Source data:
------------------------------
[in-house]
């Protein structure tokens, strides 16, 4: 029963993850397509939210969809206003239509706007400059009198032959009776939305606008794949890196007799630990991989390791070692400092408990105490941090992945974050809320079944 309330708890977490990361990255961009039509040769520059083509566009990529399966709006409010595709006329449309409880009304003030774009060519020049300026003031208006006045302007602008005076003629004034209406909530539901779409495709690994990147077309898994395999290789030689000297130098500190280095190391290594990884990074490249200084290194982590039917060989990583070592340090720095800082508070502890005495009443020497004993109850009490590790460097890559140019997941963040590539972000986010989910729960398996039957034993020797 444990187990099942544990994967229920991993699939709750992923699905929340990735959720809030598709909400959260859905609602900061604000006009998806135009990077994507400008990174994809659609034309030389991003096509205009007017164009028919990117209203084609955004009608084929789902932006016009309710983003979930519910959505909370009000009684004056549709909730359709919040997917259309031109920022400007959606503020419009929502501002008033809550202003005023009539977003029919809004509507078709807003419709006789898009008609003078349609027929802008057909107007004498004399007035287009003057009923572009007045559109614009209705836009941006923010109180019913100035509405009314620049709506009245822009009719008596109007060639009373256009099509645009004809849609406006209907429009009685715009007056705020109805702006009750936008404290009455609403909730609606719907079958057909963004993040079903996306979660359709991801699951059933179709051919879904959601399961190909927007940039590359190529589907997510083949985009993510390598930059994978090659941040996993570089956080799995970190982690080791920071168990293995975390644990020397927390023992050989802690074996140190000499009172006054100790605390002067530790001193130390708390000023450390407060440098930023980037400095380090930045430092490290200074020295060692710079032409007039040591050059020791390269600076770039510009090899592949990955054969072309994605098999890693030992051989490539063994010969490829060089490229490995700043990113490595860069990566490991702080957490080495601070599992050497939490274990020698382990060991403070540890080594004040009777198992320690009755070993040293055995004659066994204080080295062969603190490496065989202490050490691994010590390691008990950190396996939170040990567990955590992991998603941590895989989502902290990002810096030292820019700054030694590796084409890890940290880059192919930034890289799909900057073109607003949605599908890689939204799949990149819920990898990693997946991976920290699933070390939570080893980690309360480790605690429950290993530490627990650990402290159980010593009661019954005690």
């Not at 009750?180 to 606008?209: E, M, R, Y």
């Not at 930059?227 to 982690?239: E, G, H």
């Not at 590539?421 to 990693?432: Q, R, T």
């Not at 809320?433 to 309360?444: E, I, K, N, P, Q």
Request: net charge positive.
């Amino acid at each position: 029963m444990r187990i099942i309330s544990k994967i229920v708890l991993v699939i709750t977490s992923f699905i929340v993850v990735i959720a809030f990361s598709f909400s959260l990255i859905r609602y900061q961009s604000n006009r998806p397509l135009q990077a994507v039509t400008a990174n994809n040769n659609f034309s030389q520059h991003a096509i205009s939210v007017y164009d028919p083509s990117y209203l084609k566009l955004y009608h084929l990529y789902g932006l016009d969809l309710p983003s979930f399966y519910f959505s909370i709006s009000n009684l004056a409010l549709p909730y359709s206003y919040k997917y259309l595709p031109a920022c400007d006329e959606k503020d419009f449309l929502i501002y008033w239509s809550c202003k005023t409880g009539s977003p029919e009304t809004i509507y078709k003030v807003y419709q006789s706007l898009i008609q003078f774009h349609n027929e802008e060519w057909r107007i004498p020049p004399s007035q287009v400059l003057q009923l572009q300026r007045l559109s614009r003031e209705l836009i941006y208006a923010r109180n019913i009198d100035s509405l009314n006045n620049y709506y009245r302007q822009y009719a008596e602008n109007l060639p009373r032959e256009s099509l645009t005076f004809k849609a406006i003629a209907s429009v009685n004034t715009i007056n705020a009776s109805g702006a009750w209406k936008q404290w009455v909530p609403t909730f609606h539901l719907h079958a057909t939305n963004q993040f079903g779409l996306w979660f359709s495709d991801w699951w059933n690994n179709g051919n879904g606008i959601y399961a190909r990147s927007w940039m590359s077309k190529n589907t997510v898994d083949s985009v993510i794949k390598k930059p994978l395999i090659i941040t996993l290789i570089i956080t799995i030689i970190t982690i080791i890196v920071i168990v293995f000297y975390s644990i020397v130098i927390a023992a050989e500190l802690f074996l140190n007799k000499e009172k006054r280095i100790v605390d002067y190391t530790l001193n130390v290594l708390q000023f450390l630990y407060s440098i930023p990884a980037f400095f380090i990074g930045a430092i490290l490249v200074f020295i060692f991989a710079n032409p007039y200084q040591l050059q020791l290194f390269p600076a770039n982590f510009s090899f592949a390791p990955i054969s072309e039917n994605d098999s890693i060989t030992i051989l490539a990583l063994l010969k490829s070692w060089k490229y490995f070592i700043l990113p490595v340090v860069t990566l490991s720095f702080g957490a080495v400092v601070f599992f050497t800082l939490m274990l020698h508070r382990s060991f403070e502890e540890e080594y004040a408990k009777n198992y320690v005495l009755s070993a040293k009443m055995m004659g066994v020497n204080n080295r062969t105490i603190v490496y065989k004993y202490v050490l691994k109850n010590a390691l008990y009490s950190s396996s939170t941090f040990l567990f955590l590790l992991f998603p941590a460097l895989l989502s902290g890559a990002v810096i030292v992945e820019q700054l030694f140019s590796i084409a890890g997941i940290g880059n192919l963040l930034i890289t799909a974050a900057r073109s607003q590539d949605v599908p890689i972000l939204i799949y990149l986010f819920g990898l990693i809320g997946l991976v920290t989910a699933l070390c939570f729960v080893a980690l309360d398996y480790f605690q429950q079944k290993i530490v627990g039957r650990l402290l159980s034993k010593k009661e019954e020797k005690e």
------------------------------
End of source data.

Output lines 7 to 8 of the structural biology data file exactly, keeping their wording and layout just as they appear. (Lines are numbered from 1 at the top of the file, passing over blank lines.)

Request: net charge positive.
């Amino acid at each position: 029963m444990r187990i099942i309330s544990k994967i229920v708890l991993v699939i709750t977490s992923f699905i929340v993850v990735i959720a809030f990361s598709f909400s959260l990255i859905r609602y900061q961009s604000n006009r998806p397509l135009q990077a994507v039509t400008a990174n994809n040769n659609f034309s030389q520059h991003a096509i205009s939210v007017y164009d028919p083509s990117y209203l084609k566009l955004y009608h084929l990529y789902g932006l016009d969809l309710p983003s979930f399966y519910f959505s909370i709006s009000n009684l004056a409010l549709p909730y359709s206003y919040k997917y259309l595709p031109a920022c400007d006329e959606k503020d419009f449309l929502i501002y008033w239509s809550c202003k005023t409880g009539s977003p029919e009304t809004i509507y078709k003030v807003y419709q006789s706007l898009i008609q003078f774009h349609n027929e802008e060519w057909r107007i004498p020049p004399s007035q287009v400059l003057q009923l572009q300026r007045l559109s614009r003031e209705l836009i941006y208006a923010r109180n019913i009198d100035s509405l009314n006045n620049y709506y009245r302007q822009y009719a008596e602008n109007l060639p009373r032959e256009s099509l645009t005076f004809k849609a406006i003629a209907s429009v009685n004034t715009i007056n705020a009776s109805g702006a009750w209406k936008q404290w009455v909530p609403t909730f609606h539901l719907h079958a057909t939305n963004q993040f079903g779409l996306w979660f359709s495709d991801w699951w059933n690994n179709g051919n879904g606008i959601y399961a190909r990147s927007w940039m590359s077309k190529n589907t997510v898994d083949s985009v993510i794949k390598k930059p994978l395999i090659i941040t996993l290789i570089i956080t799995i030689i970190t982690i080791i890196v920071i168990v293995f000297y975390s644990i020397v130098i927390a023992a050989e500190l802690f074996l140190n007799k000499e009172k006054r280095i100790v605390d002067y190391t530790l001193n130390v290594l708390q000023f450390l630990y407060s440098i930023p990884a980037f400095f380090i990074g930045a430092i490290l490249v200074f020295i060692f991989a710079n032409p007039y200084q040591l050059q020791l290194f390269p600076a770039n982590f510009s090899f592949a390791p990955i054969s072309e039917n994605d098999s890693i060989t030992i051989l490539a990583l063994l010969k490829s070692w060089k490229y490995f070592i700043l990113p490595v340090v860069t990566l490991s720095f702080g957490a080495v400092v601070f599992f050497t800082l939490m274990l020698h508070r382990s060991f403070e502890e540890e080594y004040a408990k009777n198992y320690v005495l009755s070993a040293k009443m055995m004659g066994v020497n204080n080295r062969t105490i603190v490496y065989k004993y202490v050490l691994k109850n010590a390691l008990y009490s950190s396996s939170t941090f040990l567990f955590l590790l992991f998603p941590a460097l895989l989502s902290g890559a990002v810096i030292v992945e820019q700054l030694f140019s590796i084409a890890g997941i940290g880059n192919l963040l930034i890289t799909a974050a900057r073109s607003q590539d949605v599908p890689i972000l939204i799949y990149l986010f819920g990898l990693i809320g997946l991976v920290t989910a699933l070390c939570f729960v080893a980690l309360d398996y480790f605690q429950q079944k290993i530490v627990g039957r650990l402290l159980s034993k010593k009661e019954e020797k005690e």